What is a FAPE?
To provide a FAPE, a district must provide the special education and related services outlined in the IEP. The district must adhere to all substantive and procedural requirements of the IDEA.
How do you measure a FAPE? The U.S. Supreme Court held in 2017, in a case known as “Endrew F.,” that the IDEA “requires an educational program reasonably calculated to enable a child to make progress appropriate in light of the child’s circumstances.” The Court rejected the position that this progress must only be merely more than just “de minimis” or minimal. Rather, a child’s “educational program must be appropriately ambitious in light of his circumstances.” Advancement from grade to grade is appropriately ambitious for most children in the regular classroom. The Court emphasized that the goals may differ, but every child should have the chance to meet challenging objectives.
What are Transition Services?
An IEP must also contain transition services and goals, which are absolutely essential for helping children with disabilities attain independent living. The IDEA requires that, beginning not later than the first IEP to be in effect when the child turns 16, and New York requires transition services the year the student turns 15. The IEP must include contain transitional goals and services which will facilitate movement from school to post-secondary activities.
What are Some Parental Remedies?
The law gives parents specific rights under the IDEA. Parental advocacy is important. Parents need to know that they have rights under the IDEA of participation in the process and on notification and consent. Parental participation represents one of the fundamental tenets of the IDEA. Parents also have the right to seek and review all of their child’s educational records and school districts have the obligation to keep such records confidential.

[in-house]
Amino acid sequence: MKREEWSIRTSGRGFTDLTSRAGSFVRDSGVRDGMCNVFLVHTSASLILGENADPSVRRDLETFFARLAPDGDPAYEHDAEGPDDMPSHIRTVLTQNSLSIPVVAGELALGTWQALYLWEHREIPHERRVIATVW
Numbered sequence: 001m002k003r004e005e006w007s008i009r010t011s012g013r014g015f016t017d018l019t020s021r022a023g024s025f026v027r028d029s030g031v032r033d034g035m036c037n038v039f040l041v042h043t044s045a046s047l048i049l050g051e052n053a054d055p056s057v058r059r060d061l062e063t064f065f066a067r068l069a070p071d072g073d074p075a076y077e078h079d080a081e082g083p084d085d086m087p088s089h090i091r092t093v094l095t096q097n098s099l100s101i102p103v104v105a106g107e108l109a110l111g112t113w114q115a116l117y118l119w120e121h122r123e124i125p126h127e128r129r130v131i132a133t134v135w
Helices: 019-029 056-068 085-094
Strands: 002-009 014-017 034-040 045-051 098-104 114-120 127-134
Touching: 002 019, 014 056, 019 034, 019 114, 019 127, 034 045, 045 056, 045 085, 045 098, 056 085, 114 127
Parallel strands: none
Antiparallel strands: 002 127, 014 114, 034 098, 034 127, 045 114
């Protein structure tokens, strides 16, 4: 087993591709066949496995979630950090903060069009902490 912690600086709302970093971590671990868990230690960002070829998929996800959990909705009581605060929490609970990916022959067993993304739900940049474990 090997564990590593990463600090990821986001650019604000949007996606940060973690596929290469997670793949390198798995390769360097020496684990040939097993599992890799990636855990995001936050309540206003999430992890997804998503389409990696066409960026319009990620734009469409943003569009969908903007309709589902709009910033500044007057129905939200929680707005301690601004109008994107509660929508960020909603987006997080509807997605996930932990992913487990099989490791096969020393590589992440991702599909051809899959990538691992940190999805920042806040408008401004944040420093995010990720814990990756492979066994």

If parents disagree with a school district IEP decision, they have the right to file for due process. This means that a school district must conduct a due process hearing before an impartial hearing officer, appointed through the state. The hearing can take one day or some last for many months. Either side can appeal to state or federal court.
Parents have the right to seek various remedies in an impartial hearing. They may seek compensatory or made-up services. They cannot seek money damages but may be able to recover reimbursement for certain evaluations or services that a school district should have covered. Under the IDEA, parents have the right to unilaterally place child in a private school and seek tuition reimbursement. Parents have the burden to show the private school is appropriate under the IDEA and must show that they cooperated with the District.
What Happens When A Child Graduates or after 21?
After your child graduates with a regular education diploma or turns 21 or 22, depending on which state, the protections of the IDEA end. In New York, currently, students age out the year they turn 21. Section 504 of the Rehabilitation Act of 1973 and the Americans with Disabilities Education Act, do still protect the young adult from discrimination. These laws apply to colleges that receive federal funds, most employers and places of public accommodation. Your state will administer additional programs for young people with developmental disabilities. However, the laws do not require a FAPE or services to the extent of the IDEA. This is why special education advocacy up to age 21 is so important. If you have questions about whether your child is being appropriately served or needs an IEP, it is a good idea to consult with a special education attorney in your state.